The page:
Even though there are many gameplay systems happening, and plenty to do and see, the moment-to-moment gameplay is quite immersive. The aforementioned HUD stays out of the way, allowing you to take in the beautiful landscapes. Subtle piano chords underscore moments while exploring, while music swells during combat.
The art style is fresh and vast
Nintendo of America employee Bill Trinen and Zelda helmer Aonuma San took a moment during the demo to talk about Breath of the Wild’s art style. Taking inspiration from Japanese animation, the game’s visual style and design was based off of gouache painting — a style of painting often used in animation. These inspirations make sense, especially when comparing Breath of the Wild’s logo design to the title logos of Studio Ghibli films.
A stronger comparison would be to the earliest games in the series. Stylistically, Breath of the Wild is reminiscent of the concept art for the original Legend of Zelda and its sequel, The Legend of Zelda: The Adventures of Link, with subtle similarities Wind Waker and Skyward Sword’s highly stylized, paint-like looks.
There are more usable items than we thought possible
A major departure from previous games is the expanded inventory of Breath of the Wild. You will be able to pick up and equip many types of tools and weapons, such as axes, clubs, swords, and shields. In the past, Link simply used one set of equipment throughout the game, but now there is a bevy of loot to collect and use. This also applies to clothing and armor. Different outerwear will provide better defense or protections, and will have to be managed for optimal defense.
Unlike any other Zelda games, you equipment applies different stats to Link, and decays with use. You will need to manage and collect combat equipment continuously to survive against the numerous enemies of Hyrule. Equipment also isn’t used simply for combat; you can use items in weird ways, like snowboarding on a shield. The game encourages you to collect and use a huge variety of items and lets you hot swap between them with the R button.
Of course, it wouldn’t be a Zelda game without a ton of cool secondary items. Fire arrows, multiple bomb types, a paraglider, and a magnet items were all shown off. The magnet is especially interesting because you can use it to move metal objects and manipulate certain aspects of the landscape. All of these items helped open up new areas and methods of exploration.
Dormant robots are everywhere
As mentioned above, the gameplay demo began by showing off a seemingly more sci-fi themed area of the game than you would normally expect from the Legend of Zelda. Those Sci-Fi elements are present throughout the world. Massive robotic creatures called Guardians lie dormant in remote locations throughout Hyrule, and are ostensibly tied to some sort of threat plaguing the land — one that Link seems to have been awakened to fight. These subtle additions are yet another departure from the common Zelda story tropes, and we’re eager to find out what exactly they mean.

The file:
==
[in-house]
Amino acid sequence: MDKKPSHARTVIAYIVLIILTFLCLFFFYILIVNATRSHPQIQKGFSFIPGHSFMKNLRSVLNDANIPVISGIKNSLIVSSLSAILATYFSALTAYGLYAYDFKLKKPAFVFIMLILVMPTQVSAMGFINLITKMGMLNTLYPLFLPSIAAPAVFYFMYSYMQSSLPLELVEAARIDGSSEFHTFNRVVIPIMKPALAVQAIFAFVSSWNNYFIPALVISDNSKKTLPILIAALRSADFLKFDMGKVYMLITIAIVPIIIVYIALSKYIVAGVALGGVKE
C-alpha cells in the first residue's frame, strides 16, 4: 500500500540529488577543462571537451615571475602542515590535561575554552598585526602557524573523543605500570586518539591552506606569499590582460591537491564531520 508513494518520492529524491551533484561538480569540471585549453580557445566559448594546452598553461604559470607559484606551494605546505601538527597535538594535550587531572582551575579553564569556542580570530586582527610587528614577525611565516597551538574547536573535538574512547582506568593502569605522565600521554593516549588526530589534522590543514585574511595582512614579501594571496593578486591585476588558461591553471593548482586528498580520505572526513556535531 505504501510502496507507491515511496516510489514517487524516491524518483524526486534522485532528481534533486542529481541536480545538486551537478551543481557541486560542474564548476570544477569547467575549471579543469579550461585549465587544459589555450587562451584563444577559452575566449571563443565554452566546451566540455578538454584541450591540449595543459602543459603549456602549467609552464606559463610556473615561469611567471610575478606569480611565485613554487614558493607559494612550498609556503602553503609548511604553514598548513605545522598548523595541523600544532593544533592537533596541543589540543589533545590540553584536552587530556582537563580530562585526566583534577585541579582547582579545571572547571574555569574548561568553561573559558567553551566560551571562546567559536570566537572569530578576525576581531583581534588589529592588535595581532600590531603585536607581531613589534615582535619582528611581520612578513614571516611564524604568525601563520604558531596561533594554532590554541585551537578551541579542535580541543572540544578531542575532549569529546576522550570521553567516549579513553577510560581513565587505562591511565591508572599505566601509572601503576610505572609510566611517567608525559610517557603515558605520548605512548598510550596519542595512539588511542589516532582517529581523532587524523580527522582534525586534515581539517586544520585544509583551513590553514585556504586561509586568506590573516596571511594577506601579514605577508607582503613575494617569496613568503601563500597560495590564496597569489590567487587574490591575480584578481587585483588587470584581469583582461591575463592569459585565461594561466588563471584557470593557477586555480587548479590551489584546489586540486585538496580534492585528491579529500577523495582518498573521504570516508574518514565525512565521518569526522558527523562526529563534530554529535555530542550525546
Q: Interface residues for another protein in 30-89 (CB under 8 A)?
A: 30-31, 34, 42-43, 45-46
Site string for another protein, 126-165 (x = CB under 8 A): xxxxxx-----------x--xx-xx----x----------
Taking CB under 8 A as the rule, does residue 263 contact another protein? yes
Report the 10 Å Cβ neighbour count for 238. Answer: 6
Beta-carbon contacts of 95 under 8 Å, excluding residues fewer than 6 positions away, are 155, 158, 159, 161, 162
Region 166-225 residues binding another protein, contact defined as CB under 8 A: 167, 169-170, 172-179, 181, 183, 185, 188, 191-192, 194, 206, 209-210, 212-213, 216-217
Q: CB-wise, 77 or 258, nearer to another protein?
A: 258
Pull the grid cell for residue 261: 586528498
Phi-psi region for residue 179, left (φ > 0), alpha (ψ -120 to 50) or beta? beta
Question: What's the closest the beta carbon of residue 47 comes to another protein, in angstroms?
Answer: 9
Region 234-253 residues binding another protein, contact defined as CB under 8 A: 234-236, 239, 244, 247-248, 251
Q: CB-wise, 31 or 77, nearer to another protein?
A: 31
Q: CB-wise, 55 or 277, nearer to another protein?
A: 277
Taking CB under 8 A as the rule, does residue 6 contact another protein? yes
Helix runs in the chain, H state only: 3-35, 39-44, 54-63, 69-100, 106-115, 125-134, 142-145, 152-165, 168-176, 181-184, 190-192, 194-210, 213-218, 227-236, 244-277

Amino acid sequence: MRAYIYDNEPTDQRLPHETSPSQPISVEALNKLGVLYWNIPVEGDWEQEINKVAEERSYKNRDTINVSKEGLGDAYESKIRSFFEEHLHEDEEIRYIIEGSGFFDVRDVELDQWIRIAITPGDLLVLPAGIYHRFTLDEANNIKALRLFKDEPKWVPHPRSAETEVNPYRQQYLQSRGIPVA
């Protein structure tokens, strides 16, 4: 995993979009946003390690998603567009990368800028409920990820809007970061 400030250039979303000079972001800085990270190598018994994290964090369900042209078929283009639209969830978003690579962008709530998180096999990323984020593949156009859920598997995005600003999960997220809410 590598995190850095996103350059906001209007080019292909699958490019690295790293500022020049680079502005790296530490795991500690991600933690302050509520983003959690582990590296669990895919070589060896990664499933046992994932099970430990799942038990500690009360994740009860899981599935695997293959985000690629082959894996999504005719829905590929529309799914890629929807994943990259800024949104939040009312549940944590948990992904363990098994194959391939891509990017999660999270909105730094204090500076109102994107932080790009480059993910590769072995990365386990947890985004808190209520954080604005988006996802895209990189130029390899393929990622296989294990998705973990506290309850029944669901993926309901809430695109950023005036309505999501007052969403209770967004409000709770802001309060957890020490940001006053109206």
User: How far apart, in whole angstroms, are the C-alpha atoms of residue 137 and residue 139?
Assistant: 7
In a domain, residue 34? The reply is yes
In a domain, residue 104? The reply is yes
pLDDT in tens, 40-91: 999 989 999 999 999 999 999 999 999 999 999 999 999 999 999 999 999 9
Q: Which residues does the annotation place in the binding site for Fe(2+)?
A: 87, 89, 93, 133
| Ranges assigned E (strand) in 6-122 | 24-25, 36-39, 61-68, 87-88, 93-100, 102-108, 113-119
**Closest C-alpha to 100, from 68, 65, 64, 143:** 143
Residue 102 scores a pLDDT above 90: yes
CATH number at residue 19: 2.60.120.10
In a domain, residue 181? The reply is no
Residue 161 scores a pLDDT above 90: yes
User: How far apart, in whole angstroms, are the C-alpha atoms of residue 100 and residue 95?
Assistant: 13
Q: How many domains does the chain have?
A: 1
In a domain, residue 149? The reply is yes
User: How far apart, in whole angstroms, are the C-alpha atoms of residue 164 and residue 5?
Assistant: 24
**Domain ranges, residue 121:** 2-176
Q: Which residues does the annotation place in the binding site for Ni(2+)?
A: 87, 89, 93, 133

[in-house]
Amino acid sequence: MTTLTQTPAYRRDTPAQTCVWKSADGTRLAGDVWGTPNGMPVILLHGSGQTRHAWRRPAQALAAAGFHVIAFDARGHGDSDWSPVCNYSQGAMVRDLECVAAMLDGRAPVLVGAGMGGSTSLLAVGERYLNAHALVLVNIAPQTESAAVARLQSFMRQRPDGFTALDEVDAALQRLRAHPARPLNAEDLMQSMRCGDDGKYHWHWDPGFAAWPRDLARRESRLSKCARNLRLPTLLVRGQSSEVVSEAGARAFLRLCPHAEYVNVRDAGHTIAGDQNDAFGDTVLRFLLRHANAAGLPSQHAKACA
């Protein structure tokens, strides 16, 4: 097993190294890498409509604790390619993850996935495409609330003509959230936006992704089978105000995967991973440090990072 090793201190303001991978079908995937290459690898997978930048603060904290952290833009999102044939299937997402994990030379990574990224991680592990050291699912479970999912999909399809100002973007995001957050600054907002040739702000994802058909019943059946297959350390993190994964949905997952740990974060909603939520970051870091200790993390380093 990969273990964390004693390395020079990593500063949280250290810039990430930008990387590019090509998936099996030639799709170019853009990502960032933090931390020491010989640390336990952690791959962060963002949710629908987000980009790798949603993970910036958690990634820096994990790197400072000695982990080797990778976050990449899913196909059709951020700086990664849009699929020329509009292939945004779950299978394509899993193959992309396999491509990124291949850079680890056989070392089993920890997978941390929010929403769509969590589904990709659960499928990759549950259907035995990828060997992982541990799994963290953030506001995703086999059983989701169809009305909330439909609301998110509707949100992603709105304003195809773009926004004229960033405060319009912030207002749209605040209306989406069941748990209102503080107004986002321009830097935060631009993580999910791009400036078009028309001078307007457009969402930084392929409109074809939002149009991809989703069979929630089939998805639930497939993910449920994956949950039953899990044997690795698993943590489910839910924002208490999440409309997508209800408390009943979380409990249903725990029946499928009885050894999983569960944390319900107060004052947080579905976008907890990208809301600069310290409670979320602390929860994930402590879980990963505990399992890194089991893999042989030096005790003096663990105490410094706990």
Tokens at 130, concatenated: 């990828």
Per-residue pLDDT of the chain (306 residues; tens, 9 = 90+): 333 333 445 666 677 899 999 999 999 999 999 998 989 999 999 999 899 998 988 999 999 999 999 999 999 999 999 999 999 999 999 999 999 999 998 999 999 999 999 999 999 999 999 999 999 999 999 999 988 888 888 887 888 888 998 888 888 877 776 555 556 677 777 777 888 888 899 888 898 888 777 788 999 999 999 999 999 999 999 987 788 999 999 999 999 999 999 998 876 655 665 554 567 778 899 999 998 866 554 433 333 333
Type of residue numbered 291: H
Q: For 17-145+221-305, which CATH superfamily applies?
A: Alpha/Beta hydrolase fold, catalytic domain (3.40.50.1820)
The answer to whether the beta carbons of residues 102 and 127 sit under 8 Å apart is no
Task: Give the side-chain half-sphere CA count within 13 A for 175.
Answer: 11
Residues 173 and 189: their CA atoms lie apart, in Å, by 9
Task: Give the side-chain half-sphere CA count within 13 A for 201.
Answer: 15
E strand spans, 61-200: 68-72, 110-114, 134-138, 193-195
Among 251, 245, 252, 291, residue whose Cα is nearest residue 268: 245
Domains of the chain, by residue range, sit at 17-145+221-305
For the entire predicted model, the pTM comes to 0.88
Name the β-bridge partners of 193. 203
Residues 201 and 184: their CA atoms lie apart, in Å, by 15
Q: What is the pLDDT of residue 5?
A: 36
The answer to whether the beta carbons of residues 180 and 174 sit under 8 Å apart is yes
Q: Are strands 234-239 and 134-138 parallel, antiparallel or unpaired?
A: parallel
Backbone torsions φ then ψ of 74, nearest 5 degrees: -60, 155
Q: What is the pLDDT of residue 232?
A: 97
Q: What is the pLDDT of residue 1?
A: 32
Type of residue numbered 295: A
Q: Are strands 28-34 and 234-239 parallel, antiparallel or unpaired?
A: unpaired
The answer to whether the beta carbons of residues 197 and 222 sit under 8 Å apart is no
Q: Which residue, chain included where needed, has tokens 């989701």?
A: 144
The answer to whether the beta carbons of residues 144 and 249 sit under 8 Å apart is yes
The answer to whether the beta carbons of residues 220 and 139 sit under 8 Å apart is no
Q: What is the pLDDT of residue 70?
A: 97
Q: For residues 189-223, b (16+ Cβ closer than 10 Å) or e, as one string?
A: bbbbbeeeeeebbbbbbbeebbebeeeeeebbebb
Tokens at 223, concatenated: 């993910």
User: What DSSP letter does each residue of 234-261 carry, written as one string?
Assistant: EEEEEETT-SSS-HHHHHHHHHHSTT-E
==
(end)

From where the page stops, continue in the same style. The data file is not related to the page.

Amiibos give you new abilities
By using the Wolf Link Amiibo, Link can summon a Wolf Link partner character to aide in his adventure. Wolf Link will aide in combat by attacking enemies and hunting animals. Wolf Link’s heart meter will be saved from your progress in the Wii U version of Twilight Princess, and he will remain your companion as long as his heart containers remain filled.
Other new Amiibos, such as the newly revealed Archer Link Amiibo, Rider Link, and Guardian Amiibo, will all be compatible with Breath of the Wild. These new Amiibo figures will launch alongside Breath of the Wild next year.
Luckily, it isn’t all new!
It wasn’t all new, of course. Plenty of familiar Zelda elements and characters will be in Breath of the Wild. Wind Waker’s adorable race of tree people, the Koroks, were some of the various NPC populating the land. Allusions to mainstay aspects of the series story and lore, such as the Goddesses and Link’s arch-villain Ganon, were mentioned during dialogue. The iconic Master Sword also makes an appearance during the official gameplay trailer, and it’s sitting in the woods.
Despite the story being less of a focus this time around, we can’t help but think Breath of the Wild will have an important impact on the greater Zelda lore. That’s not all — musical themes, sound effects, and various items fans recognize will be in the game. If the gameplay changes sound sweeping, the aesthetic and sound of Breath of the Wild are still very much what you have come to expect from the Zelda series.